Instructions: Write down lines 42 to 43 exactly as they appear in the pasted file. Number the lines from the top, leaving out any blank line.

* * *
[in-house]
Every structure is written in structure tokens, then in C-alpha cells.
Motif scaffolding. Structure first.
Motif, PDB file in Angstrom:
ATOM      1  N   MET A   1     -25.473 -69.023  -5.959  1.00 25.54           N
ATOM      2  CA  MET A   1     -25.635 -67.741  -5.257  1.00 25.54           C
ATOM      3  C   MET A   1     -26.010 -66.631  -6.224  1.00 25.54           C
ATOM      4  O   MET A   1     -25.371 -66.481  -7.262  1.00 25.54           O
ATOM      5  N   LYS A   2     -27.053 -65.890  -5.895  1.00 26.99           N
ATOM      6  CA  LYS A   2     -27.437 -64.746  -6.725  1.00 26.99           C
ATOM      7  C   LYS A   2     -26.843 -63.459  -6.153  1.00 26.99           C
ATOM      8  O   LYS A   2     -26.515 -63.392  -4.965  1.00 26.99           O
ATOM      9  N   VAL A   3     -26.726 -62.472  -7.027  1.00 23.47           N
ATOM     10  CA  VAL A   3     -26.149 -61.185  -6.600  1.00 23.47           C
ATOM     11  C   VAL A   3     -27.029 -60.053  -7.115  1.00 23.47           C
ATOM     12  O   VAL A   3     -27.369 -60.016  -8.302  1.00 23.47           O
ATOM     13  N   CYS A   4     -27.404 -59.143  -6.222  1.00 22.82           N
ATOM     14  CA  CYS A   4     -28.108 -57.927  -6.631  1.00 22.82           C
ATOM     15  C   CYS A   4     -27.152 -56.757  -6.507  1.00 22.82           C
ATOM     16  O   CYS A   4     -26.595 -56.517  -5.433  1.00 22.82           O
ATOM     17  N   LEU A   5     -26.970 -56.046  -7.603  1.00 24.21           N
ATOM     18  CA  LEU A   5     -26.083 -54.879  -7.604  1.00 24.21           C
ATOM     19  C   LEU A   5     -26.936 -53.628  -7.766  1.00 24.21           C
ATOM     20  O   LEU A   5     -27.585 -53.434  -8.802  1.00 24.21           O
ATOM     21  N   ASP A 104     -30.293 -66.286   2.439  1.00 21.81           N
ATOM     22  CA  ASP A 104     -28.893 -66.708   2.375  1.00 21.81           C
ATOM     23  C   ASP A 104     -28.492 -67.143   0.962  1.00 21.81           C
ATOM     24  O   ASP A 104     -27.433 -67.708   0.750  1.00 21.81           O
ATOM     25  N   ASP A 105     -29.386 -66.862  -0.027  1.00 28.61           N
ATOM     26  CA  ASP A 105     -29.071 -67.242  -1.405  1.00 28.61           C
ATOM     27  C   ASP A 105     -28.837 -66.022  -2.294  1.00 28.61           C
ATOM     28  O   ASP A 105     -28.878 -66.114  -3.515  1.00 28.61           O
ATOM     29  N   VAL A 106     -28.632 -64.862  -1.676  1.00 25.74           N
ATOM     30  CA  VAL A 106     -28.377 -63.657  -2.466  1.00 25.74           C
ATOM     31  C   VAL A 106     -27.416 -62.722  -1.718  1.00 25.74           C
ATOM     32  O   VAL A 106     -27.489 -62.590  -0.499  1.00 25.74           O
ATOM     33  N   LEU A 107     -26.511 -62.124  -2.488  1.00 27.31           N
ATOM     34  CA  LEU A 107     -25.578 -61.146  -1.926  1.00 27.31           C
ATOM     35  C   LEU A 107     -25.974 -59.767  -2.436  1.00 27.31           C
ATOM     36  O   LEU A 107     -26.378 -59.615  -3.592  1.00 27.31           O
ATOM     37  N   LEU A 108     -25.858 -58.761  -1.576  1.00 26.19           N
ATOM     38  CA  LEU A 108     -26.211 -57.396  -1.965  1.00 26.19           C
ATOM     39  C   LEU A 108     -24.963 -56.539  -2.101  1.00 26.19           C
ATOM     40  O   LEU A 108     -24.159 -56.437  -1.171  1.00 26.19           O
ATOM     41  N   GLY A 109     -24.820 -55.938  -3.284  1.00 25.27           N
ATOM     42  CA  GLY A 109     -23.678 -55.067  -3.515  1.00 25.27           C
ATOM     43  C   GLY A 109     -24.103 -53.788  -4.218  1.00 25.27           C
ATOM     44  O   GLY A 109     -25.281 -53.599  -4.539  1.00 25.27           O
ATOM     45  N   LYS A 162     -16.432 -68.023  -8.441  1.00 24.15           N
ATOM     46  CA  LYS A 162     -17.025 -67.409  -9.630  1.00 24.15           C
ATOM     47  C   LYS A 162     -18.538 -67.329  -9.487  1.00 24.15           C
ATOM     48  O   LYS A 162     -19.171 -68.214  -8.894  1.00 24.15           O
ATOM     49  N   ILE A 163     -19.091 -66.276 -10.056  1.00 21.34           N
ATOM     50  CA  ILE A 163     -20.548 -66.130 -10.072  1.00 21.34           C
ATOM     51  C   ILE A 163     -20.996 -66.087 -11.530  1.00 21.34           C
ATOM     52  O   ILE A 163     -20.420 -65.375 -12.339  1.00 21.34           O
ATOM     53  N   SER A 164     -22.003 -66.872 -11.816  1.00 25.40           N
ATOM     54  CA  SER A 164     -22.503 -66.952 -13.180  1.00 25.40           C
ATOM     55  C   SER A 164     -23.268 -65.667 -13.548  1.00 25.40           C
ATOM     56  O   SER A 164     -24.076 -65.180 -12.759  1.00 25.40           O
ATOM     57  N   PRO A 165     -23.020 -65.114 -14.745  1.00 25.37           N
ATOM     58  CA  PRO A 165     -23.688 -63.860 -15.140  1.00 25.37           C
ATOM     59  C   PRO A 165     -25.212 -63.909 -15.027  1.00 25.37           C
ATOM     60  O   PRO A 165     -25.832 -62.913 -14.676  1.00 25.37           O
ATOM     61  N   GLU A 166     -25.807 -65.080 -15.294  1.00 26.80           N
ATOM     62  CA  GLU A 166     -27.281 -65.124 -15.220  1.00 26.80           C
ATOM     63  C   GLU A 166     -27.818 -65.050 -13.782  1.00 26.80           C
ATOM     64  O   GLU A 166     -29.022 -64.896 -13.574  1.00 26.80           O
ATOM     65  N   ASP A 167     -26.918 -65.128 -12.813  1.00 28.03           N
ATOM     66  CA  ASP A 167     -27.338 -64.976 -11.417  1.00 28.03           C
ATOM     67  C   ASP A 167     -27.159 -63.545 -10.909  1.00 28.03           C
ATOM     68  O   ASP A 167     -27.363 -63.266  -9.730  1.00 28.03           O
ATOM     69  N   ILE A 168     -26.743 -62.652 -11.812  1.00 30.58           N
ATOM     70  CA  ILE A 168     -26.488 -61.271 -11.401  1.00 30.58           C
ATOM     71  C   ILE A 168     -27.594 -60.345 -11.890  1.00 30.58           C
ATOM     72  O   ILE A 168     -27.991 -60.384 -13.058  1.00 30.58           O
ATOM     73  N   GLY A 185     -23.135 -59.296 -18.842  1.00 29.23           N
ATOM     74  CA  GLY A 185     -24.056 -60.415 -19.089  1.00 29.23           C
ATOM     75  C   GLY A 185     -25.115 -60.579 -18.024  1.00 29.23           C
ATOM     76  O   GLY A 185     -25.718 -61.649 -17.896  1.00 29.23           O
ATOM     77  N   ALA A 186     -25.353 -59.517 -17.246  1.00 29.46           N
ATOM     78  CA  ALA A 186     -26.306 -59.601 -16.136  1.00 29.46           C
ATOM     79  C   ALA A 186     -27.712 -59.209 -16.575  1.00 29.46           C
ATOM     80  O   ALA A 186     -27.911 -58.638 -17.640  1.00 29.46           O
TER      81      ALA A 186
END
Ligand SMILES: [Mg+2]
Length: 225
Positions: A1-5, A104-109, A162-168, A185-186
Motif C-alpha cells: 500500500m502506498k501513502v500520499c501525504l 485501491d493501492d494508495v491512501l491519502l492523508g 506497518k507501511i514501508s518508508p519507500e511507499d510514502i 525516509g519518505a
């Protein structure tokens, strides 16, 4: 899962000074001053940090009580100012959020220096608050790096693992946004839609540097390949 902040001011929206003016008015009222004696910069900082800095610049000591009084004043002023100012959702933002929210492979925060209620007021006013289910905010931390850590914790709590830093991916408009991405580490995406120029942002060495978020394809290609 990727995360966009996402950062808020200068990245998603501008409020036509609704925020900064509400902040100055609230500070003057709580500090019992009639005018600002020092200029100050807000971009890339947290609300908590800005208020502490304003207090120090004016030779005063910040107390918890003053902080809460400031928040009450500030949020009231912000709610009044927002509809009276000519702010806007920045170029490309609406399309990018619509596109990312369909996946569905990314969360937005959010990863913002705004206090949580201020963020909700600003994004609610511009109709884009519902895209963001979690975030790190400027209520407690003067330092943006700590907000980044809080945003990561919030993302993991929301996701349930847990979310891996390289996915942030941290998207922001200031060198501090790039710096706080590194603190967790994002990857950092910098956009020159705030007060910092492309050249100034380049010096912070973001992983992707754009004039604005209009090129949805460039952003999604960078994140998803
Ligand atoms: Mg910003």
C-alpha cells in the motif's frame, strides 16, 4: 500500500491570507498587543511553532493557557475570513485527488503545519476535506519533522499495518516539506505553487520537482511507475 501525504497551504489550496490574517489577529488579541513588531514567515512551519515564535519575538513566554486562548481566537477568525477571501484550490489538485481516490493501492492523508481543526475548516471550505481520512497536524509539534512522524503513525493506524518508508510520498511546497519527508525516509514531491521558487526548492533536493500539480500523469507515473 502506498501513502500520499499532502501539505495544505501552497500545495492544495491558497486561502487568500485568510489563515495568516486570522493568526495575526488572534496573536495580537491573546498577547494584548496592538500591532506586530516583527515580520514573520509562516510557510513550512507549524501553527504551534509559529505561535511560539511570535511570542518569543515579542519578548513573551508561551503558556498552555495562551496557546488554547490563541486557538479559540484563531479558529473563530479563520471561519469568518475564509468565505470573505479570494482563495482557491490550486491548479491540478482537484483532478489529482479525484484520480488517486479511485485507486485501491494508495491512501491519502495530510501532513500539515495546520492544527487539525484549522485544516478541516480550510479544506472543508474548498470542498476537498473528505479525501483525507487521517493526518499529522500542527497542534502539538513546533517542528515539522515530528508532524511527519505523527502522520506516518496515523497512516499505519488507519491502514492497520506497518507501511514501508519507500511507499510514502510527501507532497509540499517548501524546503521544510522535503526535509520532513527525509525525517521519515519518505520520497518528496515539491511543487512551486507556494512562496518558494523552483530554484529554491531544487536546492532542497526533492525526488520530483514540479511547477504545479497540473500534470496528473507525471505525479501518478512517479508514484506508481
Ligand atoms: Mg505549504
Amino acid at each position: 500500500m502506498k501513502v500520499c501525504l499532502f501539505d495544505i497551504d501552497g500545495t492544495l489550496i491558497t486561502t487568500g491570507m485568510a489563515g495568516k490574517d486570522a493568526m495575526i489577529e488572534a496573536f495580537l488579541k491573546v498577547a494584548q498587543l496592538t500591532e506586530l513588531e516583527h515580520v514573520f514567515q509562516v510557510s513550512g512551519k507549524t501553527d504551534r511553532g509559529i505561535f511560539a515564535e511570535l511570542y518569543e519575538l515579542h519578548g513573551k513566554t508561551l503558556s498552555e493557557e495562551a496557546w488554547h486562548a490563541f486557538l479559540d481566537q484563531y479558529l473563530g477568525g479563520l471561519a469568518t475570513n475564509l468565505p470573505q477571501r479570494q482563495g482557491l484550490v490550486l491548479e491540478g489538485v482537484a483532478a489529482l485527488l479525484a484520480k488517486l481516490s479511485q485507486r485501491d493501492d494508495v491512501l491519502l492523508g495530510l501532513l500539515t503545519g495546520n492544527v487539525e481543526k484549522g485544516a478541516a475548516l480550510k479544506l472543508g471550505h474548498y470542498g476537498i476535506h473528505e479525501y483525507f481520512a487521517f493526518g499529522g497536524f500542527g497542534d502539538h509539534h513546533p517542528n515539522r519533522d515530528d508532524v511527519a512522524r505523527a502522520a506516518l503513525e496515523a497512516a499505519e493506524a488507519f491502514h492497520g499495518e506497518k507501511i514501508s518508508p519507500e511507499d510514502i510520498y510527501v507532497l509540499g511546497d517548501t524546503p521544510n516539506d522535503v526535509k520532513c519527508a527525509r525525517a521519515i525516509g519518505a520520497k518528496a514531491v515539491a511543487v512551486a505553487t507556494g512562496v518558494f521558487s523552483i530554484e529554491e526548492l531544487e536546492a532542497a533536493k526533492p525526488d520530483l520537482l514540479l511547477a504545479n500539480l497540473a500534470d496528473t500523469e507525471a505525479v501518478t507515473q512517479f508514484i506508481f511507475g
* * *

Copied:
ATOM     38  CA  LEU A 108     -26.211 -57.396  -1.965  1.00 26.19           C
ATOM     39  C   LEU A 108     -24.963 -56.539  -2.101  1.00 26.19           C